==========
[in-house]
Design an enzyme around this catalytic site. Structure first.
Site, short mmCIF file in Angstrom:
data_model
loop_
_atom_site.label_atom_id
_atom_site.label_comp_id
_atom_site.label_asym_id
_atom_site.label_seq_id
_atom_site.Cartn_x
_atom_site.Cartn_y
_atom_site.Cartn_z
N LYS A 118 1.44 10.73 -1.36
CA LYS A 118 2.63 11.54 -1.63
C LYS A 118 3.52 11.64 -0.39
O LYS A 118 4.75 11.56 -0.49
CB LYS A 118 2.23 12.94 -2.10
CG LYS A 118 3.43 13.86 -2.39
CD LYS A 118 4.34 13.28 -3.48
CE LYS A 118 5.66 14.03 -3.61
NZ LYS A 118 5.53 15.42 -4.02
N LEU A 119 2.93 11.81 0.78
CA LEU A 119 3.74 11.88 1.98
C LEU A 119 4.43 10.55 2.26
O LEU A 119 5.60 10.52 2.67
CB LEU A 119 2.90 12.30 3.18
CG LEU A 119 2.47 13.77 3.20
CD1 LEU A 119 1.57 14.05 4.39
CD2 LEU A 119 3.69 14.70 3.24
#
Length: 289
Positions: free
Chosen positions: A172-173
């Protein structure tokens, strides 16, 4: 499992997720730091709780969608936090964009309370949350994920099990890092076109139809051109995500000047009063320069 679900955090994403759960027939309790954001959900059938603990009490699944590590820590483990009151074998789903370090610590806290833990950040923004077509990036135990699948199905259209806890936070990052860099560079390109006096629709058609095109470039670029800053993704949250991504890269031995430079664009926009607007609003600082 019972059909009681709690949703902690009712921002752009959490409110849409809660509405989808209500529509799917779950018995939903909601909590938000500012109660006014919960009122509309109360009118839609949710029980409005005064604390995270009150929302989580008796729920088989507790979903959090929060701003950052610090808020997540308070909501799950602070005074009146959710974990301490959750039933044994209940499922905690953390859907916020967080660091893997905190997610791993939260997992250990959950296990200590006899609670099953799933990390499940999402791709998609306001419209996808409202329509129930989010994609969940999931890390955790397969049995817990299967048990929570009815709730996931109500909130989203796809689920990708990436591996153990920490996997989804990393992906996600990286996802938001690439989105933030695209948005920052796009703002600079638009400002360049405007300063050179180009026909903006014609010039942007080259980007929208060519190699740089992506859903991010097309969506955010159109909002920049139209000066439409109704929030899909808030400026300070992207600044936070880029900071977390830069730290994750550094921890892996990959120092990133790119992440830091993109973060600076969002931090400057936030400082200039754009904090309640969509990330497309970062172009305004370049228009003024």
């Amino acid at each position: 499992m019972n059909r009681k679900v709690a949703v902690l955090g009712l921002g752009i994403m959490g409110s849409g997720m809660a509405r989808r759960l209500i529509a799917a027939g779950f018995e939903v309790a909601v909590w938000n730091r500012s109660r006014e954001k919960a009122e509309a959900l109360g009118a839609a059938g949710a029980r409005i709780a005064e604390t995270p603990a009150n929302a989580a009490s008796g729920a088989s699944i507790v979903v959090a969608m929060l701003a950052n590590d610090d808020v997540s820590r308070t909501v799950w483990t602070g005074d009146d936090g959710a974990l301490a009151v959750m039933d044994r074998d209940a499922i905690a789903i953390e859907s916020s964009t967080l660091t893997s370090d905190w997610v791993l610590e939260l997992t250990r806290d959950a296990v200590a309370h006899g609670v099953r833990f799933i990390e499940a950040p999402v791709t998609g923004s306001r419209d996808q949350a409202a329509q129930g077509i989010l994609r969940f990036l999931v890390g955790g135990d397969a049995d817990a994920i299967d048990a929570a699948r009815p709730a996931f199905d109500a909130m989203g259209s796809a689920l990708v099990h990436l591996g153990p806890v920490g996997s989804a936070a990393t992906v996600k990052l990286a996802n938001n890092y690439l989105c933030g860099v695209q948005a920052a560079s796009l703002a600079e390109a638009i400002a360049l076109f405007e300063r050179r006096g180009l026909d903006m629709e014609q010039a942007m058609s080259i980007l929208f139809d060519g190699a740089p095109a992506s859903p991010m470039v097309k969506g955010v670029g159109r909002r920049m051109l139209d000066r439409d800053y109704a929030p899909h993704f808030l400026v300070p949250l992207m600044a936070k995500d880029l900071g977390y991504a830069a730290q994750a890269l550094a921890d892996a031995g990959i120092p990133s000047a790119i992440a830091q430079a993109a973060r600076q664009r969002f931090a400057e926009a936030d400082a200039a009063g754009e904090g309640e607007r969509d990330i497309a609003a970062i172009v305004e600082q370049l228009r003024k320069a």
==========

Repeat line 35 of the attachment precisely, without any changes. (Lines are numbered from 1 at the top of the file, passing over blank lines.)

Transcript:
């Amino acid at each position: 499992m019972n059909r009681k679900v709690a949703v902690l955090g009712l921002g752009i994403m959490g409110s849409g997720m809660a509405r989808r759960l209500i529509a799917a027939g779950f018995e939903v309790a909601v909590w938000n730091r500012s109660r006014e954001k919960a009122e509309a959900l109360g009118a839609a059938g949710a029980r409005i709780a005064e604390t995270p603990a009150n929302a989580a009490s008796g729920a088989s699944i507790v979903v959090a969608m929060l701003a950052n590590d610090d808020v997540s820590r308070t909501v799950w483990t602070g005074d009146d936090g959710a974990l301490a009151v959750m039933d044994r074998d209940a499922i905690a789903i953390e859907s916020s964009t967080l660091t893997s370090d905190w997610v791993l610590e939260l997992t250990r806290d959950a296990v200590a309370h006899g609670v099953r833990f799933i990390e499940a950040p999402v791709t998609g923004s306001r419209d996808q949350a409202a329509q129930g077509i989010l994609r969940f990036l999931v890390g955790g135990d397969a049995d817990a994920i299967d048990a929570a699948r009815p709730a996931f199905d109500a909130m989203g259209s796809a689920l990708v099990h990436l591996g153990p806890v920490g996997s989804a936070a990393t992906v996600k990052l990286a996802n938001n890092y690439l989105c933030g860099v695209q948005a920052a560079s796009l703002a600079e390109a638009i400002a360049l076109f405007e300063r050179r006096g180009l026909d903006m629709e014609q010039a942007m058609s080259i980007l929208f139809d060519g190699a740089p095109a992506s859903p991010m470039v097309k969506g955010v670029g159109r909002r920049m051109l139209d000066r439409d800053y109704a929030p899909h993704f808030l400026v300070p949250l992207m600044a936070k995500d880029l900071g977390y991504a830069a730290q994750a890269l550094a921890d892996a031995g990959i120092p990133s000047a790119i992440a830091q430079a993109a973060r600076q664009r969002f931090a400057e926009a936030d400082a200039a009063g754009e904090g309640e607007r969509d990330i497309a609003a970062i172009v305004e600082q370049l228009r003024k320069a």